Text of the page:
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Gambia: “The media was the most persecuted institution under Jammeh”

It is the turn of journalists to be heard by the Truth, Reconciliation and Reparations Commission in the Gambia. In 22 years, 140 incidents of arrests and 15 arbitrary closures of media houses were recorded. There were cases of torture, illegal detention, forced disappearance and murder. And 20 % of the profession went into exile.

Gambia: “The media was the most persecuted institution under Jammeh”©Mustapha K. DARBOE
Ndey Tapha Sosseh, the first female president of the Gambian Press Union, published her articles from Mali, where the Jammeh regime was pursuing her.
4 min 57Approximate reading time

Gambia’s former president Yahya Jammeh often called them the “illegitimate sons of Africa”. During his 22-year rule, his most virulent verbal attacks were against them. Last week, the “illegitimate sons” and daughters, otherwise known as journalists, had their time of attention before Gambia’s Truth, Reconciliation and Reparations Commission (TRRC).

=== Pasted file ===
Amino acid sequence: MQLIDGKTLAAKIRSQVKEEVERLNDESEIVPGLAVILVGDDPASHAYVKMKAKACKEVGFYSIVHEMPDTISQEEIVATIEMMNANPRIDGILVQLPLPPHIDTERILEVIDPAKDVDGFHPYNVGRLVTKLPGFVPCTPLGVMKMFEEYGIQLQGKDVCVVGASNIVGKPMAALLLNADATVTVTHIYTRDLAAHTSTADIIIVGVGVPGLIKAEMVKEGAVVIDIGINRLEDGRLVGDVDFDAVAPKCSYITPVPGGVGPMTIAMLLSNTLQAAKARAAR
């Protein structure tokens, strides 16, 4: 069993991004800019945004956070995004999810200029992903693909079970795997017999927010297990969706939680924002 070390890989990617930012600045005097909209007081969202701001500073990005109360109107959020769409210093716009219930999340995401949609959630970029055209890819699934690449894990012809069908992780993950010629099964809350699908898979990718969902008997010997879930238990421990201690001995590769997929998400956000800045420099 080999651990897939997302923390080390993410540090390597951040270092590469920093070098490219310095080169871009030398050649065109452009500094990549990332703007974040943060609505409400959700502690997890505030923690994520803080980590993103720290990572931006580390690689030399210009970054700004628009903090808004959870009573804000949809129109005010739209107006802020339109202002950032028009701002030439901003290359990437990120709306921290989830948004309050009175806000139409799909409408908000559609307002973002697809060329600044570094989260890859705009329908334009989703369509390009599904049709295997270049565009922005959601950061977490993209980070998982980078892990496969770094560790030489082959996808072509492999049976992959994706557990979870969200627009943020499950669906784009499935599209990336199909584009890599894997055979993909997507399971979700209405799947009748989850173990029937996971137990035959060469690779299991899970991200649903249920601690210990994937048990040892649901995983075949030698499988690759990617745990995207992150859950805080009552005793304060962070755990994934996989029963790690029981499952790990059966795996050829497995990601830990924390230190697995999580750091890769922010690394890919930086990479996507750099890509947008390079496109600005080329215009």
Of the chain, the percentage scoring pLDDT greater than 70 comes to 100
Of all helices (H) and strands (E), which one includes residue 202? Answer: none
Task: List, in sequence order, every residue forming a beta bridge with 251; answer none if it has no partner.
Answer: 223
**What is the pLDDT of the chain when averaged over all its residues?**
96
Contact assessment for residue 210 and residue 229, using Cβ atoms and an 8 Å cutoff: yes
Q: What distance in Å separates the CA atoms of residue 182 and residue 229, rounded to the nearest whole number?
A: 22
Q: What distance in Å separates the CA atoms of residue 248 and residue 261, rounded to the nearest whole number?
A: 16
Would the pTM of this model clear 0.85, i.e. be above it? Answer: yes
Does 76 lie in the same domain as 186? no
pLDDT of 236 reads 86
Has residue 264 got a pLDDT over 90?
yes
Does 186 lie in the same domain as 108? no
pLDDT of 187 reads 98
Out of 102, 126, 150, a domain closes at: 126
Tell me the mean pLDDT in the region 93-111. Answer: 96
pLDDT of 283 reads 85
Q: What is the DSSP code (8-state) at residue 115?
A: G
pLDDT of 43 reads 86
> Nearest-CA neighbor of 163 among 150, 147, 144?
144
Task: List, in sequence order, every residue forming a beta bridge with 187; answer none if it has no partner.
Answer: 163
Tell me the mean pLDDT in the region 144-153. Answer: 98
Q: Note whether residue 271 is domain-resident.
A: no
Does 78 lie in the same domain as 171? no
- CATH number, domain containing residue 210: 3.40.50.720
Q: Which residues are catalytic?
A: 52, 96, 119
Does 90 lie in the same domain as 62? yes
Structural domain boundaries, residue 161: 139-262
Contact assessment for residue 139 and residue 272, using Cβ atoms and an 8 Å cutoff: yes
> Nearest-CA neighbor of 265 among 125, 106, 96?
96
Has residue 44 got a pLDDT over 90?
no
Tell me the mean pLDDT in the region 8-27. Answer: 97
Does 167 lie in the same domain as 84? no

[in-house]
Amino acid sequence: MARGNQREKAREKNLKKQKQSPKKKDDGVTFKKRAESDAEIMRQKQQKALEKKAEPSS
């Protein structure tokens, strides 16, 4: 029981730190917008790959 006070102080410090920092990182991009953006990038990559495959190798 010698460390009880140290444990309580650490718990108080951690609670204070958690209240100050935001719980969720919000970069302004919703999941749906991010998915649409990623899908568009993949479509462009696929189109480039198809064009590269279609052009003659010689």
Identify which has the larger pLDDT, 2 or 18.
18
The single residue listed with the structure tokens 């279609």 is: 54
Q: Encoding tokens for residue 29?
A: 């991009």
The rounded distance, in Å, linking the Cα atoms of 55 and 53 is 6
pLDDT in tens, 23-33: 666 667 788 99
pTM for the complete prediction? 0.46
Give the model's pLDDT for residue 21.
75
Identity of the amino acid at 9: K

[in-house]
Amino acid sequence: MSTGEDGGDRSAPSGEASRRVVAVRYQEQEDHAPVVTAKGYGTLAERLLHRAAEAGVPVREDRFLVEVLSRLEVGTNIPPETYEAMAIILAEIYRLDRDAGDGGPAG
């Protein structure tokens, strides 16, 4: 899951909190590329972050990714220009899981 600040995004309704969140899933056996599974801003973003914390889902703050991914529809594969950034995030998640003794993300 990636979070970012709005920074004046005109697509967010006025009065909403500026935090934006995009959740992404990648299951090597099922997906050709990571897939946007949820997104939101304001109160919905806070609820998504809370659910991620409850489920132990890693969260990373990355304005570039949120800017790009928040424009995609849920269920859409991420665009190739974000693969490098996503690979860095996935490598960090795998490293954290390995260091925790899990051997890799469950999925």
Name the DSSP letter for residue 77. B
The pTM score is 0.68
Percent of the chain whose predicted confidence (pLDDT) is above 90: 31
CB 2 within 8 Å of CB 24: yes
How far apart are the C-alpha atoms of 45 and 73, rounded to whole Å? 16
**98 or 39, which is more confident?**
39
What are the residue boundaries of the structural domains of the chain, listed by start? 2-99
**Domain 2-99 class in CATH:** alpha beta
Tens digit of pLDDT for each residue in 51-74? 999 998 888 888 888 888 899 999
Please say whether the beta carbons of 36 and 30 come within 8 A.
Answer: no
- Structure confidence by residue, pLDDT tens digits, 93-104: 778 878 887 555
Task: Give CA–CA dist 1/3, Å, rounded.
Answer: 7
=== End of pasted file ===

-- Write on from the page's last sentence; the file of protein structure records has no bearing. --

“It has been very long and painful 22 years for journalists,” testified Saikou Jammeh, secretary general of the Gambia Press Union (GPU). “If you look at the international press freedom indexes in the world, we were doing better than only two countries at a particular point, Equatorial Guinea and Eritrea.” According to Saikou Jammeh, over 140 incidents of arrests involving journalists occurred under the military dictatorship. This means that a journalist was arrested at least every two months. These arrests involved over 60 journalists who were either tortured or illegally detained, according to GPU’s secretary general. In 22 years, Gambia recorded 15 incidents of arbitrary closure of media houses. “You just had one or two operatives of the National Intelligence Agency (NIA) walking into the newsroom and asking the media to stop operations. And they would say it is orders from the top,” Saikou Jammeh said. Over half of arrested journalists were not charged to court. It is this life as a reporter under the dictatorship that six of them came to tell before the TRRC.